Podcast

Friday, October 29, 2021

Episode 33: Niceness, Apologies and PTSD

It’s time for a new episode of “The Secrets of Story Podcast”! (I love annoying James by putting the punctuation outside the quotations, where it belongs.) In this episode, we check back in on a prediction that James made four years ago back in episode 4 that stories would start getting nicer. As it turns out, “Ted Lasso” proves him right!


5 comments:

Friday said...

I just saw this and haven't listened yet, but I have an unapologetic childlike enthusiasm for Ted Lasso and am insanely excited for this episode of SoS!

James Kennedy said...

I like Ted Lasso too! Even though Season 2 was a bit of a mess, there was still lots to love in it, and I respected that they did some episodes that were way off the usual map (I loved the Coach Beard "After Hours" episode).

Jonathan Auxier said...

Just dipping in here to point out that the climax of BREAKING BAD is Walt finally confessing (apologizing) to Skyler that he did everything he did for himself. It happens in the final episode of the series very close to the end. And it and might help explain why "Ozymandias," which felt like an early climax to the series still wasn't the true ending (Matt, you and I have discussed this at length on the podcast).

Apologies are awesome. They just have to be earned.

Jesse Baruffi said...

I have lots of thoughts about this! A very interesting subject for sure.

One thing I will say about the psychiatrist debate is that the difference between the rabbi psychiatrist on the Sopranos and the one in the Pickle Rick episode is that the former is a character who makes a personal ethical decision that a reasonable human being might make. Even if you consider it objectively correct, it's not a decision that requires authorial knowledge to come to. Whereas the Susan Sarandon character was analyzing these characters at their first session like she'd known them for years and also could read their very souls. Doesn't ring true.

As far as the redemption vs. punishment angle in stories, I don't think it's fair to apply a one size fits all ideology to every story like that. If fiction is supposed to represent life, then sometimes you can (and should!) talk things out with people and sometimes you simply can't. Some people will take your kindness for weakness and try to destroy you, some will lie to betray you, and some simply have sincerely held beliefs that are irreconcilable with those of the protagonist and in all these cases, it's not that killing them is good, it's more that it's the only way. But you are right that more stories should at least try.

I think you're right on the money about Avatar, where Aang finds a third option against an irredeemable dude, but in Steven Universe I found the ending hollow. The redemption of the Diamonds feels a bit like a Chick tract where they simply hadn't considered not being evil before and immediately choose it once presented, coincidentally by someone they consider an equal.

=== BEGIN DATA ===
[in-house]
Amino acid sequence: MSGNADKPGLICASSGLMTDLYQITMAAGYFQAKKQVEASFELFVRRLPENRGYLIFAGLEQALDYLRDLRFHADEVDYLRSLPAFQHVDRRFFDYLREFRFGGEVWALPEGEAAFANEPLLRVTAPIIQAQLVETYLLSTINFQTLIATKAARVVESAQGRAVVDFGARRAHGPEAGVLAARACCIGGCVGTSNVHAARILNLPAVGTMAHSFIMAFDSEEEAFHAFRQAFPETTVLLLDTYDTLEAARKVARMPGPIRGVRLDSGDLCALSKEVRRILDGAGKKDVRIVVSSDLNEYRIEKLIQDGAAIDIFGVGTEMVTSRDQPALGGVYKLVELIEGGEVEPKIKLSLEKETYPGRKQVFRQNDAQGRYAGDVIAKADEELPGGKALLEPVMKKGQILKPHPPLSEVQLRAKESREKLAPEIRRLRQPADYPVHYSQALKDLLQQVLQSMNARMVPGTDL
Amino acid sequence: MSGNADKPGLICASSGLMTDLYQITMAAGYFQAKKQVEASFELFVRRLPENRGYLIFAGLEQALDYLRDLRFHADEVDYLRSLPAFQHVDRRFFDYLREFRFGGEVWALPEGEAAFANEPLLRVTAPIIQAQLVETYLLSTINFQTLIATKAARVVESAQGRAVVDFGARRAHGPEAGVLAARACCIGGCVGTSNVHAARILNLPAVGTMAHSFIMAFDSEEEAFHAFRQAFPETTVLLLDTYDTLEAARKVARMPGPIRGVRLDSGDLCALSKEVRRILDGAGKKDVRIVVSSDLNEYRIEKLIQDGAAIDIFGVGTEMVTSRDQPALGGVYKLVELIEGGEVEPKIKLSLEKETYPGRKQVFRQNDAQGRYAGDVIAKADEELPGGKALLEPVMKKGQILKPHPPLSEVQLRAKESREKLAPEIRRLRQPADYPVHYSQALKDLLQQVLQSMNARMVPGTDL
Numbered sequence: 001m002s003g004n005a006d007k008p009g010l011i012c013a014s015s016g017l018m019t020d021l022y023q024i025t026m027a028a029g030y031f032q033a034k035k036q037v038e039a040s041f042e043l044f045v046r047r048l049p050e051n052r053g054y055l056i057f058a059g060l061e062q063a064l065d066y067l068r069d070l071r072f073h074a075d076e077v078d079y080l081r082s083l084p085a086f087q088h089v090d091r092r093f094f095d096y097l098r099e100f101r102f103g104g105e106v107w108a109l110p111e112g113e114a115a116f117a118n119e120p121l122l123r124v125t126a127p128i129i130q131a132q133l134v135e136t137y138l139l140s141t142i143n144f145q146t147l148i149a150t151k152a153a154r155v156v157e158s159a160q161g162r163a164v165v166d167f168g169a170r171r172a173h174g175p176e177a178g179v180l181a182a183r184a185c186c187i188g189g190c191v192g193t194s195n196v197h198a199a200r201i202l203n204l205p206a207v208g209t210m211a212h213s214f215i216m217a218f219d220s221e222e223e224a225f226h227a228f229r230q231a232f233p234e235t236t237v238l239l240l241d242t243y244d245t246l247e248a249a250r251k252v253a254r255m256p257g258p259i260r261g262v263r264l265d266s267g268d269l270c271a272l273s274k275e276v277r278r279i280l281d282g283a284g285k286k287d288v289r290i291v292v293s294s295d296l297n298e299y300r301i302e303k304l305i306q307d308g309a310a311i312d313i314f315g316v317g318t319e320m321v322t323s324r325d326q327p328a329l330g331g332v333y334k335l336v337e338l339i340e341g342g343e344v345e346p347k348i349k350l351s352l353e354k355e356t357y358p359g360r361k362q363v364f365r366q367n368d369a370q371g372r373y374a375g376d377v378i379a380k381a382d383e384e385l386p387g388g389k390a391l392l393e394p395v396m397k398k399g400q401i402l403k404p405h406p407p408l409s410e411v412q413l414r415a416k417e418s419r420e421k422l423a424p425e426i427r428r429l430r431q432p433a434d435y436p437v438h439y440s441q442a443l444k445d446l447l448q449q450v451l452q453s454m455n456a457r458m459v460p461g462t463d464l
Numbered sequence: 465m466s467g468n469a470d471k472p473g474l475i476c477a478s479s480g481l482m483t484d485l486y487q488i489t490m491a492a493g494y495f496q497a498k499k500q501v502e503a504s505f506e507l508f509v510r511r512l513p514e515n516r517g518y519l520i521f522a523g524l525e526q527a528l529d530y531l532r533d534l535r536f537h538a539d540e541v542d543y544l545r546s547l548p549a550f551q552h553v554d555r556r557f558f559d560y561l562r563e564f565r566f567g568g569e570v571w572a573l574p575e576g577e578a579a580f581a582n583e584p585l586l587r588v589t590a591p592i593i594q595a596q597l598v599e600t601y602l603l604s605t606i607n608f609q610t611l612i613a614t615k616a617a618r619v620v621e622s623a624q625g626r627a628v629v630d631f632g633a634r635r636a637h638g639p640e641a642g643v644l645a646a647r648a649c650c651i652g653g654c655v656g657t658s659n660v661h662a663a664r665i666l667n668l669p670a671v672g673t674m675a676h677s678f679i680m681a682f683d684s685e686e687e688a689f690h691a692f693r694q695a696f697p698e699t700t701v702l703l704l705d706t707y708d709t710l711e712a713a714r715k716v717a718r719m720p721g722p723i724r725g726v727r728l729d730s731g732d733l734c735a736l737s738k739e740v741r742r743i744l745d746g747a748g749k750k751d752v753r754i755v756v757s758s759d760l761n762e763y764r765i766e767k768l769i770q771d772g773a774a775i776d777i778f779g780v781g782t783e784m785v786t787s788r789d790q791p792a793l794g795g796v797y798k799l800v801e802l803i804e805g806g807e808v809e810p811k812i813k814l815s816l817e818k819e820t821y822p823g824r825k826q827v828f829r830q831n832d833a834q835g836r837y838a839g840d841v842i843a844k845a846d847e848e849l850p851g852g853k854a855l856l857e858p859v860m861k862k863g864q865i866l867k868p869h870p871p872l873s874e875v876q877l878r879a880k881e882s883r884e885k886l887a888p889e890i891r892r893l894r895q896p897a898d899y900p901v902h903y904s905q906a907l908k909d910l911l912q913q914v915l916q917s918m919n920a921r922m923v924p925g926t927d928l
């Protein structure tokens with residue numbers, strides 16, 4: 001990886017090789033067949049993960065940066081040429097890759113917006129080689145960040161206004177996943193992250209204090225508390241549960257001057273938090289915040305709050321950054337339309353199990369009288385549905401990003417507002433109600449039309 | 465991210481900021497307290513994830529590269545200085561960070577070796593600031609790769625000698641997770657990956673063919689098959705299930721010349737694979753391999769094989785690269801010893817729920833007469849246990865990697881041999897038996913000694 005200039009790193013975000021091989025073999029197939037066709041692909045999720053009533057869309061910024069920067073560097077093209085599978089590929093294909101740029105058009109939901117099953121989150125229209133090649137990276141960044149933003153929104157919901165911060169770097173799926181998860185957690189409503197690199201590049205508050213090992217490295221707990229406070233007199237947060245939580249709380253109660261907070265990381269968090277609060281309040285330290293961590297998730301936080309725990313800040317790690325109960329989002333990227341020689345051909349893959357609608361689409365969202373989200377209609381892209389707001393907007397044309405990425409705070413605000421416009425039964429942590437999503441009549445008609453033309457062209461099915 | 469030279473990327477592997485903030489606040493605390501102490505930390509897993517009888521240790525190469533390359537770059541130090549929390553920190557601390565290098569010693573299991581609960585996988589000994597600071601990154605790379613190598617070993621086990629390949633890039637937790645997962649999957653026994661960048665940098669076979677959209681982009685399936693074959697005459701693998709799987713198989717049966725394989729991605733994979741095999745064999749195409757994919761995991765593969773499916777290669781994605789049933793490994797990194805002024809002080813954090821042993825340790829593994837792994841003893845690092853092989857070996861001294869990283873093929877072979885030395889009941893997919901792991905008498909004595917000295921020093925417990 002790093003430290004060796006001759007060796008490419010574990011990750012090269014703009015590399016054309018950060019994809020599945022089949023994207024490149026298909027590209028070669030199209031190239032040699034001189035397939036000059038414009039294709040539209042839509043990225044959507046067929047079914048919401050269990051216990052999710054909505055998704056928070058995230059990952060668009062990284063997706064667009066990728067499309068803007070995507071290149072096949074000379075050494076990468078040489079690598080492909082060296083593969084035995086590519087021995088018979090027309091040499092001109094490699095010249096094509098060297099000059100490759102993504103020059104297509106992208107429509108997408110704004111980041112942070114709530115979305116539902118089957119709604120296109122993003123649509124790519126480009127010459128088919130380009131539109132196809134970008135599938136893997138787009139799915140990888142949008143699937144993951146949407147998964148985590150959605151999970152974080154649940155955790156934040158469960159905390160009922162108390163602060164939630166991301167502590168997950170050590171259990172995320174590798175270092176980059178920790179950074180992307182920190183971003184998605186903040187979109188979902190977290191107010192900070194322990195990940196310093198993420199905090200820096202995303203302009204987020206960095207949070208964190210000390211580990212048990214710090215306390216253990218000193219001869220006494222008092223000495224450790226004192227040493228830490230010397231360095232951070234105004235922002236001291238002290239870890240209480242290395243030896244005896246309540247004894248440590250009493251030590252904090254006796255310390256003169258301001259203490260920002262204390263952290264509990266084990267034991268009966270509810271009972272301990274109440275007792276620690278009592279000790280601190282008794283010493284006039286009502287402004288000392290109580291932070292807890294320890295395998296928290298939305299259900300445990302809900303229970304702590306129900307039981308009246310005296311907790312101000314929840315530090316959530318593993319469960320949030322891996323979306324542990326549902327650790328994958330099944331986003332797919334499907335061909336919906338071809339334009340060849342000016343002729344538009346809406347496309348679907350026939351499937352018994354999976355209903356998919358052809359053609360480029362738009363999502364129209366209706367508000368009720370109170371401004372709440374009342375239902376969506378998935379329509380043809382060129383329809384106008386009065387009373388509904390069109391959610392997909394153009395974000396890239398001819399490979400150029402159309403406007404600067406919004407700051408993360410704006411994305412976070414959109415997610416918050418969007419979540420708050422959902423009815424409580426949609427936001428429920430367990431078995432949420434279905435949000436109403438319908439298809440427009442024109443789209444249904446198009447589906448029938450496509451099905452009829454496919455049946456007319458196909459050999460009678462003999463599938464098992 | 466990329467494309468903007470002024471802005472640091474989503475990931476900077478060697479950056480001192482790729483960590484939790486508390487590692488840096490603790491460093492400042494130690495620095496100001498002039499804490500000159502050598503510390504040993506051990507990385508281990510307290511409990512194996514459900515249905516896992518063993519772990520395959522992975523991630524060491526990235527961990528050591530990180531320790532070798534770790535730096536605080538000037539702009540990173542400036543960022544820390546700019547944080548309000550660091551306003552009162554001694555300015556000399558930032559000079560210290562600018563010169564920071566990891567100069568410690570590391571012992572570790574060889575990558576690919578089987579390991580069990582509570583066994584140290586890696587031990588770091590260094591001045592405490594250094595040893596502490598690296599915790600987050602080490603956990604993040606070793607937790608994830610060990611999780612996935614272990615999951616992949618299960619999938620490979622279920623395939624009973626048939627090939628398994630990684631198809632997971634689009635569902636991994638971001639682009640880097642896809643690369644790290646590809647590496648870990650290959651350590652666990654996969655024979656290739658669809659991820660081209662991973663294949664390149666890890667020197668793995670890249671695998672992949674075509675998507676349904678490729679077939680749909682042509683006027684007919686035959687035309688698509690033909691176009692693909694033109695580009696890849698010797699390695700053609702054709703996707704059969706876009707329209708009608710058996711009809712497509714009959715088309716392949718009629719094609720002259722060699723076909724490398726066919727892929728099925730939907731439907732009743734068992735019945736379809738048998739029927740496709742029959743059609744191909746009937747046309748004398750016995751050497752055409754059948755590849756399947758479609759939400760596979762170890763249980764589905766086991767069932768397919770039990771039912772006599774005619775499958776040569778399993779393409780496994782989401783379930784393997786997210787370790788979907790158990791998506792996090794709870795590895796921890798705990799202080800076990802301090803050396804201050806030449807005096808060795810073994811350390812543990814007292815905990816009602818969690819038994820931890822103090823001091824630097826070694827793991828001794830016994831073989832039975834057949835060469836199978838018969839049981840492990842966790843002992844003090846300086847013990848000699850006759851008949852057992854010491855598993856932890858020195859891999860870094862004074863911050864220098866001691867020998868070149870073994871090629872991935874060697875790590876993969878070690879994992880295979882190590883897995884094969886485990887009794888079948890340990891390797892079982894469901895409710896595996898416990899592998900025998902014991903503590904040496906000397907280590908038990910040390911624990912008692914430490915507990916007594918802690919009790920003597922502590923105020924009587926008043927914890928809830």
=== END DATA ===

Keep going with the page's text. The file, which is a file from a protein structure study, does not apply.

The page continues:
I don't know if either of you are video game guys, but Undertale is known for being the popular example of a game where you don't have to kill anyone. It's done very well, and you get the best ending if you do that. But the game also presents a warning with this, suggesting that there are a lot of actually bad people in the world, and you can't fix all your problems with them just by being nice. What the game arrives at is that you shouldn't kill, but don't let yourself be killed either. I like that message, and find it more interesting than the idea that hugging solves all problems.

Anyway, sorry for the long ramble, but this was a good, thought-provoking episode!

Matt Bird said...

Glad you liked it!

The Steven Universe ending did feel a little forced, I agree. It's a very sweet-natured universe.

I haven't played a lot of video games, and I'm going to date myself a lot here, but Ultima IV, V, and VI are all fascinating examples of this. In IV, you start out just killing everybody until you gradually realize that you're actually on a spiritual journey and killing some people is wrong. In the end by being a good person you achieve enlightenment. In V, you return to the land, but now an enlightened person has taken over and decided to impose forced enlightenment on everybody else, and you have to rebel against that. In VI, another world is discovered filled with "demons" and eventually you have to figure out their language and figure out they're not evil after all. I never finished the game so I don't know how it ends! And then I basically stopped playing video games.